It was important that the system interface with practice management software, ensuring that patient data are verified every time on every image, "so that people are no longer having to type information in, risking mistakes and risking a failure in verification," he said.
They also sought to use the concept of the care team to organize work, build custom lists, and keep the system simple to use.
"People work in care teams, and we really wanted to set up organizations of users in these care teams for various providers who could work together and could have their own specialized customized workflow," he said.
In addition, they wanted to allow nonradiology orders to be created on the system before or after the images are captured and archived.
As a result, the institution developed the application to support multiple workflows. In an order-first workflow, users could create orders on the system with existing appointments if available. The application also supports nonappointment ordering.
For an image-first workflow, unsolicited images could be sent to the archive -- such as in urgent/emergent imaging cases -- and orders can be added to the system after the images are received. The system would then update and reprocess the study to the archive using DICOM C-store, he said.
In addition, the application supported the integration of medical photography into the enterprise imaging strategy. Secure photo capture and direct upload to the archive are now supported with vendor tools.
"That has been extremely popular," Kayhart said.
This improved enterprise imaging workflow should also position the institution well in the upcoming era of artificial intelligence, which will require detailed information and tags for all of the imaging that's performed, he said.
Saving time and money
The researchers estimate that the new application will yield annual savings of more than $125,000, due to time savings, consolidation of disparate archives, and a reduction in missed billing. For just photo studies alone, the application will save more than 800 hours of staff time each year -- assuming average savings of 2.5 minutes per photo study and 20,000 studies per year, Kayhart said.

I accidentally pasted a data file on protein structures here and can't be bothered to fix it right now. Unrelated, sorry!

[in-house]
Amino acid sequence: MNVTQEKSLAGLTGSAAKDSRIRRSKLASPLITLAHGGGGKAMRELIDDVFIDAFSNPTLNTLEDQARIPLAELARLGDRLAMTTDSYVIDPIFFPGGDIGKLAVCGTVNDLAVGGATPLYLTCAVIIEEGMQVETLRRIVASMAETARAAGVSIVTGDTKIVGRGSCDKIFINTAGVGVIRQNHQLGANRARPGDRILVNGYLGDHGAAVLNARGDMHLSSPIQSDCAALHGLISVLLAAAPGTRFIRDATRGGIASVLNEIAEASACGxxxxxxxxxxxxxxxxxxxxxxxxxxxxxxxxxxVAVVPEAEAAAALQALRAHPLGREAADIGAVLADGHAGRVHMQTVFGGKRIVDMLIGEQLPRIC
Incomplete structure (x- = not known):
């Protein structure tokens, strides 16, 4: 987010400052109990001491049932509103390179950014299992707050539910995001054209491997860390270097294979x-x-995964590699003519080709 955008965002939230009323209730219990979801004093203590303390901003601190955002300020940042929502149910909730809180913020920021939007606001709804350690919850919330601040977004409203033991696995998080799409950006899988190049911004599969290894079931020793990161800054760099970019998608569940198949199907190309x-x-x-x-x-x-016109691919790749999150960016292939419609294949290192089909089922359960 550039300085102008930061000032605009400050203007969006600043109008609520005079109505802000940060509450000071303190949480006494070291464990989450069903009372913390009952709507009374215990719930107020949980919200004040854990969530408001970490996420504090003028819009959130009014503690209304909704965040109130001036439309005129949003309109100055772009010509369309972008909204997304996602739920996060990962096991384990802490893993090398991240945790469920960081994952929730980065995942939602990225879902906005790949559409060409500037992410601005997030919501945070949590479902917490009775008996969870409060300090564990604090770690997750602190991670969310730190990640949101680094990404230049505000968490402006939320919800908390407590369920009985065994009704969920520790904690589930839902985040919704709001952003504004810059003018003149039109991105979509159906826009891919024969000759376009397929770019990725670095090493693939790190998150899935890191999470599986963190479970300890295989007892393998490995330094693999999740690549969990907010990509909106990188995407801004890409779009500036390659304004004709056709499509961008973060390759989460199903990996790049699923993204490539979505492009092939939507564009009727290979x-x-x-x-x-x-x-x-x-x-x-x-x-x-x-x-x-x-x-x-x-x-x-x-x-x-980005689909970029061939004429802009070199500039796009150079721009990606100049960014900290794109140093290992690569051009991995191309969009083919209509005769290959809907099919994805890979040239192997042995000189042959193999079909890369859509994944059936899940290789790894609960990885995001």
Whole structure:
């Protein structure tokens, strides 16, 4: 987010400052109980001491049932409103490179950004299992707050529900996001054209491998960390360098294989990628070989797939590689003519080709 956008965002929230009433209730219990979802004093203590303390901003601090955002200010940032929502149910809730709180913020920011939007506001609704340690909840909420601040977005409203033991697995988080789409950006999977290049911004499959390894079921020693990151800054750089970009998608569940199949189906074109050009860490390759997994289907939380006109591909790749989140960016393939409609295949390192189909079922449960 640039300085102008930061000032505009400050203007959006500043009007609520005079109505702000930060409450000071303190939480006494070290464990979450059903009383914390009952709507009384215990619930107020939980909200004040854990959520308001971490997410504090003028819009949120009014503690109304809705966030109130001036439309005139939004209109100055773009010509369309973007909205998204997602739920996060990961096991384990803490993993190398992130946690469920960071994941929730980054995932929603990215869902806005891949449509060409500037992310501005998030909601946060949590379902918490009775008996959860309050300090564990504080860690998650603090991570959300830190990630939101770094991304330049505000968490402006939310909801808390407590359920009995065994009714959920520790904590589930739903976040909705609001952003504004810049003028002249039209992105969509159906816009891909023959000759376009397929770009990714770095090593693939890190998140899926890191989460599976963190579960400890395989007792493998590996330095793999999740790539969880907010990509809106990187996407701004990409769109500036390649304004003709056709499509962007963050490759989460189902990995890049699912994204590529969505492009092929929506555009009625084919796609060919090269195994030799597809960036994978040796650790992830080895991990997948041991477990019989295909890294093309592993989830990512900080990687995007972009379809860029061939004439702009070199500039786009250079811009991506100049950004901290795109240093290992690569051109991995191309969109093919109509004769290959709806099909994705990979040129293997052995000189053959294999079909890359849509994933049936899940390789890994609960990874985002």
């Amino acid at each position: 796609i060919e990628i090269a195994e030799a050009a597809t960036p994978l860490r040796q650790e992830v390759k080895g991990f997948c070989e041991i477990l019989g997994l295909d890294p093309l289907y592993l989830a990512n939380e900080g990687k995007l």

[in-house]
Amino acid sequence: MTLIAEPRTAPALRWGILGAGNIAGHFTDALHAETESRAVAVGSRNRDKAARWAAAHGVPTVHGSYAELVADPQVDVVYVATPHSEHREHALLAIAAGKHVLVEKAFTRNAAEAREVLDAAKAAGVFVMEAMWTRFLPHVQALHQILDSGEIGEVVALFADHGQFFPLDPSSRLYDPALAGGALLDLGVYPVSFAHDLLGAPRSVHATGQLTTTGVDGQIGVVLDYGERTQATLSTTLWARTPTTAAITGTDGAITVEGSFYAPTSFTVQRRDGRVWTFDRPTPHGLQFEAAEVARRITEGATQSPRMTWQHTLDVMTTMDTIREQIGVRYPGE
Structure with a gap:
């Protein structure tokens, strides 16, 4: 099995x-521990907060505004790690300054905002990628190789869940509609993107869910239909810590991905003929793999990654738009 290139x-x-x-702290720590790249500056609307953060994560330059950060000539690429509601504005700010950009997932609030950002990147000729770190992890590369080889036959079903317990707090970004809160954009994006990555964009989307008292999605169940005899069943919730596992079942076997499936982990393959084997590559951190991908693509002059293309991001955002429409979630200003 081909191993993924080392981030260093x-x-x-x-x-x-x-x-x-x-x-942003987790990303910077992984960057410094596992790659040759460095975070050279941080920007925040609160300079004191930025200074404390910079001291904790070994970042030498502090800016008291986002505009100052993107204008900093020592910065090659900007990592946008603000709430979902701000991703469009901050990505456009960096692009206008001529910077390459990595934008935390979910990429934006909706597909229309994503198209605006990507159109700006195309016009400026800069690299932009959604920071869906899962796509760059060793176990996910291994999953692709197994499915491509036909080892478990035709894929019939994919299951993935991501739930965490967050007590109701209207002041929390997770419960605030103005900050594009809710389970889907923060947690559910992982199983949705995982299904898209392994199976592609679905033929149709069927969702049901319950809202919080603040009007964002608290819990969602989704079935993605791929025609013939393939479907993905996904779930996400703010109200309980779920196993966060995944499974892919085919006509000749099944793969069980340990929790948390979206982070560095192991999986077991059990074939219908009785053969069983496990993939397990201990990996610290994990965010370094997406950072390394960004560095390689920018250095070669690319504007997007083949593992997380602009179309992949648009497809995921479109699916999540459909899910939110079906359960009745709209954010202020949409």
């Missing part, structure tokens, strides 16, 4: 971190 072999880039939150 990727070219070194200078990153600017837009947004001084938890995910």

One common access point is now available to enter all nonradiology imaging in the system, and users have the ability to manipulate images with viewer tools.
"We've also implemented a policy that requires any new imaging in the system to be reviewed by our team, so that we can make sure it's DICOM-compatible and is going to work with our solution, or that we have a workaround to DICOM-wrap the images," he said.
The new application also has led to higher image resolution, clarity, and sharpness in many cases, as well as improved capture quality, Kayhart said.
The institution encountered some challenges in the process. For example, the universal viewer had to be updated in some ways to incorporate new filtering and hanging protocols as well as tools for viewing and marking up images.
"Those are some challenges we continue to work through, but we have worked through a number of those," he said.
It can also be a steep learning curve to accommodate a wide variety of workflows and figure out what each care area needs, Kayhart said.
"It really took some dedicated attention to understanding their requirements," he said.
Finally, it can be difficult to link all of the images to documentation such as an office or procedure note, Kayhart said.